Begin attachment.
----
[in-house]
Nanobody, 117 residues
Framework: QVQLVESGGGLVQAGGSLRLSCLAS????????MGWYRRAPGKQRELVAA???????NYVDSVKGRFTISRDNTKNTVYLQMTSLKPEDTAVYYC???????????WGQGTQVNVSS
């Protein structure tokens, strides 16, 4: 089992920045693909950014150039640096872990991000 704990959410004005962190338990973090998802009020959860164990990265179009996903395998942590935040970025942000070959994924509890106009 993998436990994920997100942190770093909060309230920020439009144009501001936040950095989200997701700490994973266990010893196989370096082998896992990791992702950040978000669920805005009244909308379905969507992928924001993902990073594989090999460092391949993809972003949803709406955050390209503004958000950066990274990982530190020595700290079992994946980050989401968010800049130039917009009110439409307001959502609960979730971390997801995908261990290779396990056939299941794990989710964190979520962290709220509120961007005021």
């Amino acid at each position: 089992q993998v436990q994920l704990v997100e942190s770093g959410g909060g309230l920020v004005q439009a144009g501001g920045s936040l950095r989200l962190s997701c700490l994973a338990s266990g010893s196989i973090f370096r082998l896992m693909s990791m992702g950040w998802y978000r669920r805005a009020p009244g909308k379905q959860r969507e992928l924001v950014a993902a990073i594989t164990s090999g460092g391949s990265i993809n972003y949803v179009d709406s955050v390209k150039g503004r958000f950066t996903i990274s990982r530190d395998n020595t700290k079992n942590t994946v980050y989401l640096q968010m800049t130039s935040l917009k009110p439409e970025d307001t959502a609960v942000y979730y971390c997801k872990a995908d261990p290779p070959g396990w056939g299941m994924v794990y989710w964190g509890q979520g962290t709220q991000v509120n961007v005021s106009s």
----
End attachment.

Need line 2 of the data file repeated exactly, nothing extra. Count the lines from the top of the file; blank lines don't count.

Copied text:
Nanobody, 117 residues